A moving study of the healing power of religious devotion.



A woman tries to exorcise her demons by exploring the ancient roots of her Christian faith in this heartfelt tale of remorse and redemption.

Middle-aged history professor Madeleine Seymour has an outwardly contented life, but she is still haunted, decades after the fact, by the death of her young daughter Mollie, who drowned in a plastic pool when Madeleine was momentarily distracted. Tormented by nightmares of Mollie and an irrational jealousy of other mothers, Madeleine seeks the counsel of her Anglican pastor Father Rinaldi, who sends Madeleine and her husband Jack on a trip to Italy to its Catholic shrines. Following Rinaldi’s itinerary around the country, from mighty St. Peter’s basilica to humbler country churches, they take in Catholicism at its gaudiest, with its miracle stories and relics and incorruptible remains displayed under glass. Along the way, Madeleine muses on the exploits of the saints, from St. Francis of Assisi’s reception of the stigmata, to the 13-year-old virgin martyr St. Agnes’ execution for refusing to marry a pagan, to St. Clare’s success in putting an army of marauding Saracens to flight by holding up the Reserved Sacrament. This might be mere colorful travelogue to another tourist, but Madeleine takes it very seriously. Alarmed at her growing obsession, a skeptical Jack introduces her to a psychiatrist, who turns out to be a shallow, condescending secularist who ridicules Madeleine’s “spiritual fantasies.” But as foreign as it is to modern sensibilities, and to her Protestant background, Madeleine finds that Catholic lore speaks to her. With its iconography of blood and sacrifice, its stories of suffering and death transmuted into hope and rebirth, it reveals lessons for coping with her long-festering grief and guilt. Balancing spiritual exaltation with psychological realism, Sunderland’s limpid prose makes Madeleine’s journey both gripping and believable.

A moving study of the healing power of religious devotion.

Pub Date: N/A

ISBN: 978-1-60290-051-6

Page Count: -

Publisher: N/A

Review Posted Online: Jan. 10, 2011

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The writing is merely serviceable, and one can’t help but wish the author had found a way to present her material as...

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An unlikely love story set amid the horrors of a Nazi death camp.

Based on real people and events, this debut novel follows Lale Sokolov, a young Slovakian Jew sent to Auschwitz in 1942. There, he assumes the heinous task of tattooing incoming Jewish prisoners with the dehumanizing numbers their SS captors use to identify them. When the Tätowierer, as he is called, meets fellow prisoner Gita Furman, 17, he is immediately smitten. Eventually, the attraction becomes mutual. Lale proves himself an operator, at once cagey and courageous: As the Tätowierer, he is granted special privileges and manages to smuggle food to starving prisoners. Through female prisoners who catalog the belongings confiscated from fellow inmates, Lale gains access to jewels, which he trades to a pair of local villagers for chocolate, medicine, and other items. Meanwhile, despite overwhelming odds, Lale and Gita are able to meet privately from time to time and become lovers. In 1944, just ahead of the arrival of Russian troops, Lale and Gita separately leave the concentration camp and experience harrowingly close calls. Suffice it to say they both survive. To her credit, the author doesn’t flinch from describing the depravity of the SS in Auschwitz and the unimaginable suffering of their victims—no gauzy evasions here, as in Boy in the Striped Pajamas. She also manages to raise, if not really explore, some trickier issues—the guilt of those Jews, like the tattooist, who survived by doing the Nazis’ bidding, in a sense betraying their fellow Jews; and the complicity of those non-Jews, like the Slovaks in Lale’s hometown, who failed to come to the aid of their beleaguered countrymen.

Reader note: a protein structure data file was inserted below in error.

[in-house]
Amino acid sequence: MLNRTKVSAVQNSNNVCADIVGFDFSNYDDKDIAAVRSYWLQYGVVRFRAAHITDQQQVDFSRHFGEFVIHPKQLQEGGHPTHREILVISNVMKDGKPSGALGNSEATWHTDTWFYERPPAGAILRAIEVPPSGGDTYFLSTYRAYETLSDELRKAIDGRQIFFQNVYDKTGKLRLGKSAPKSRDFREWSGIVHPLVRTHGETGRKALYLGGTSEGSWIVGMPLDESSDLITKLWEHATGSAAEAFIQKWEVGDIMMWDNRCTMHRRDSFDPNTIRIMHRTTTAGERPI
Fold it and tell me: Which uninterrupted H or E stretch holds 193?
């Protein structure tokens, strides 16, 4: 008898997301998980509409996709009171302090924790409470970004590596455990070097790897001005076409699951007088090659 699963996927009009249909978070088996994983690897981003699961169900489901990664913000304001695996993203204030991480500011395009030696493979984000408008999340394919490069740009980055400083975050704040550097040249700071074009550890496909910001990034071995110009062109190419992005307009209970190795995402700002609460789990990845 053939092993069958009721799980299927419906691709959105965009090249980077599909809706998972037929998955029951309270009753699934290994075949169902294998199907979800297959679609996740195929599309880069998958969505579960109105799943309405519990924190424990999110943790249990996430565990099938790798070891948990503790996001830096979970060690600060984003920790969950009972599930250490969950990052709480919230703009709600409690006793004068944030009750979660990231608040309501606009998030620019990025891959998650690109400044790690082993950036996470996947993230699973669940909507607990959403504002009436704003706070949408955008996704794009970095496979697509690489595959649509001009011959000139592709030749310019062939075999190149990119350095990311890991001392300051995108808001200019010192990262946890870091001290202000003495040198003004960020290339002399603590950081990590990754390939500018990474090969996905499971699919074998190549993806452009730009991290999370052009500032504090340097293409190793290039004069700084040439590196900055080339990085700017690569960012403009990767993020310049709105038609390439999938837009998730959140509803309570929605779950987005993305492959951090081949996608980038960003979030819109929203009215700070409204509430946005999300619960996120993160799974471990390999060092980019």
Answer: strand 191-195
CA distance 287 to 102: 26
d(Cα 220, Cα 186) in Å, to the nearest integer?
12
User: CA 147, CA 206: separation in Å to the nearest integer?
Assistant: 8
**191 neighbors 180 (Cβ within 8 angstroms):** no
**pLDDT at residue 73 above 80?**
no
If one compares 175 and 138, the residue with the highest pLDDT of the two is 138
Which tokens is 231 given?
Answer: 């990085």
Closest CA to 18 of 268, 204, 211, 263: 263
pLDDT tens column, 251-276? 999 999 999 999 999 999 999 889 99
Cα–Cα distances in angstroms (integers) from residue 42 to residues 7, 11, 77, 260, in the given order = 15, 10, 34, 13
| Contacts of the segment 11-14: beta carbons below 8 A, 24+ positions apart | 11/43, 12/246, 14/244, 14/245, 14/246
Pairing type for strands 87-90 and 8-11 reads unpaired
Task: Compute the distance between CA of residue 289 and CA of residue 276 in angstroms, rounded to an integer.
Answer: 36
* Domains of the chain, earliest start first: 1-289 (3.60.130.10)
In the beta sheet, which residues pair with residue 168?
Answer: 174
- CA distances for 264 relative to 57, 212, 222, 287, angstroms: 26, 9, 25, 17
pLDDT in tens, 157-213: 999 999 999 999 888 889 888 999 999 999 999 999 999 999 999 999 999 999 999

The writing is merely serviceable, and one can’t help but wish the author had found a way to present her material as nonfiction. Still, this is a powerful, gut-wrenching tale that is hard to shake off.

Pub Date: Sept. 4, 2018

ISBN: 978-0-06-279715-5

Page Count: 272

Publisher: Harper/HarperCollins

Review Posted Online: July 17, 2018

Kirkus Reviews Issue: Aug. 1, 2018

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These letters from some important executive Down Below, to one of the junior devils here on earth, whose job is to corrupt mortals, are witty and written in a breezy style seldom found in religious literature. The author quotes Luther, who said: "The best way to drive out the devil, if he will not yield to texts of Scripture, is to jeer and flout him, for he cannot bear scorn." This the author does most successfully, for by presenting some of our modern and not-so-modern beliefs as emanating from the devil's headquarters, he succeeds in making his reader feel like an ass for ever having believed in such ideas. This kind of presentation gives the author a tremendous advantage over the reader, however, for the more timid reader may feel a sense of guilt after putting down this book. It is a clever book, and for the clever reader, rather than the too-earnest soul.

Pub Date: Jan. 1, 1942

ISBN: 0060652934

Page Count: 53

Publisher: Macmillan

Review Posted Online: Oct. 17, 2011

Kirkus Reviews Issue: June 15, 1943

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